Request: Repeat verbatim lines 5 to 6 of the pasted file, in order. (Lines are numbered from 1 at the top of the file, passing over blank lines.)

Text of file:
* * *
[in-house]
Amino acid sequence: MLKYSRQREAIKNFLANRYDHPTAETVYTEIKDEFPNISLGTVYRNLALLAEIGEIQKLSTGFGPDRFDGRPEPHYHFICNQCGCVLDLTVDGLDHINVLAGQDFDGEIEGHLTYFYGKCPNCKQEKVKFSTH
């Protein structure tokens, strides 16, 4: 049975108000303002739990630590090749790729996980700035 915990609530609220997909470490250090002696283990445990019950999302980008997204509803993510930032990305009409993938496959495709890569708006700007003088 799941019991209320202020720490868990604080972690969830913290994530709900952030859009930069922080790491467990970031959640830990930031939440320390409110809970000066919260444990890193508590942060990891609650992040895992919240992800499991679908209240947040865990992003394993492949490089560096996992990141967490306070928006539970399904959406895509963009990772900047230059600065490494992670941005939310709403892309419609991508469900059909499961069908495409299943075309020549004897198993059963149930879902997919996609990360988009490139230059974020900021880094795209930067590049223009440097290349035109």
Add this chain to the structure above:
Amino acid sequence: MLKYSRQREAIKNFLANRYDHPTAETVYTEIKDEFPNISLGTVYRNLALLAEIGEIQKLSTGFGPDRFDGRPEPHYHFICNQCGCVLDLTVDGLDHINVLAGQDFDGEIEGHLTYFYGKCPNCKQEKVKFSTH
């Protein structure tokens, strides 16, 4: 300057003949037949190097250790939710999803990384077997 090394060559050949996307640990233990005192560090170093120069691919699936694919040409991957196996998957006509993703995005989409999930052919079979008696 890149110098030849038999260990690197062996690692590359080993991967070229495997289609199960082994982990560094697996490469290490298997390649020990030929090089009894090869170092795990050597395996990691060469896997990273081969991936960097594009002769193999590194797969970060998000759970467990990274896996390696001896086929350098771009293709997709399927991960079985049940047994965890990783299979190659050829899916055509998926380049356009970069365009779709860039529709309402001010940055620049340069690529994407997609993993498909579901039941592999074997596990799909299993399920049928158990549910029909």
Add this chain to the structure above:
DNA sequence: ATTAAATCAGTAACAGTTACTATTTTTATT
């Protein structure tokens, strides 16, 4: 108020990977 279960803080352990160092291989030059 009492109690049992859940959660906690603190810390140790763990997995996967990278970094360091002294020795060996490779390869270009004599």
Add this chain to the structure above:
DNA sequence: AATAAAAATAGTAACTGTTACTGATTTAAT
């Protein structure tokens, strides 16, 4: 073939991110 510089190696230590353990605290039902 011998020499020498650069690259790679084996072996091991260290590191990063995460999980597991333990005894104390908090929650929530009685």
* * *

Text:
Amino acid sequence: MLKYSRQREAIKNFLANRYDHPTAETVYTEIKDEFPNISLGTVYRNLALLAEIGEIQKLSTGFGPDRFDGRPEPHYHFICNQCGCVLDLTVDGLDHINVLAGQDFDGEIEGHLTYFYGKCPNCKQEKVKFSTH
């Protein structure tokens, strides 16, 4: 300057003949037949190097250790939710999803990384077997 090394060559050949996307640990233990005192560090170093120069691919699936694919040409991957196996998957006509993703995005989409999930052919079979008696 890149110098030849038999260990690197062996690692590359080993991967070229495997289609199960082994982990560094697996490469290490298997390649020990030929090089009894090869170092795990050597395996990691060469896997990273081969991936960097594009002769193999590194797969970060998000759970467990990274896996390696001896086929350098771009293709997709399927991960079985049940047994965890990783299979190659050829899916055509998926380049356009970069365009779709860039529709309402001010940055620049340069690529994407997609993993498909579901039941592999074997596990799909299993399920049928158990549910029909």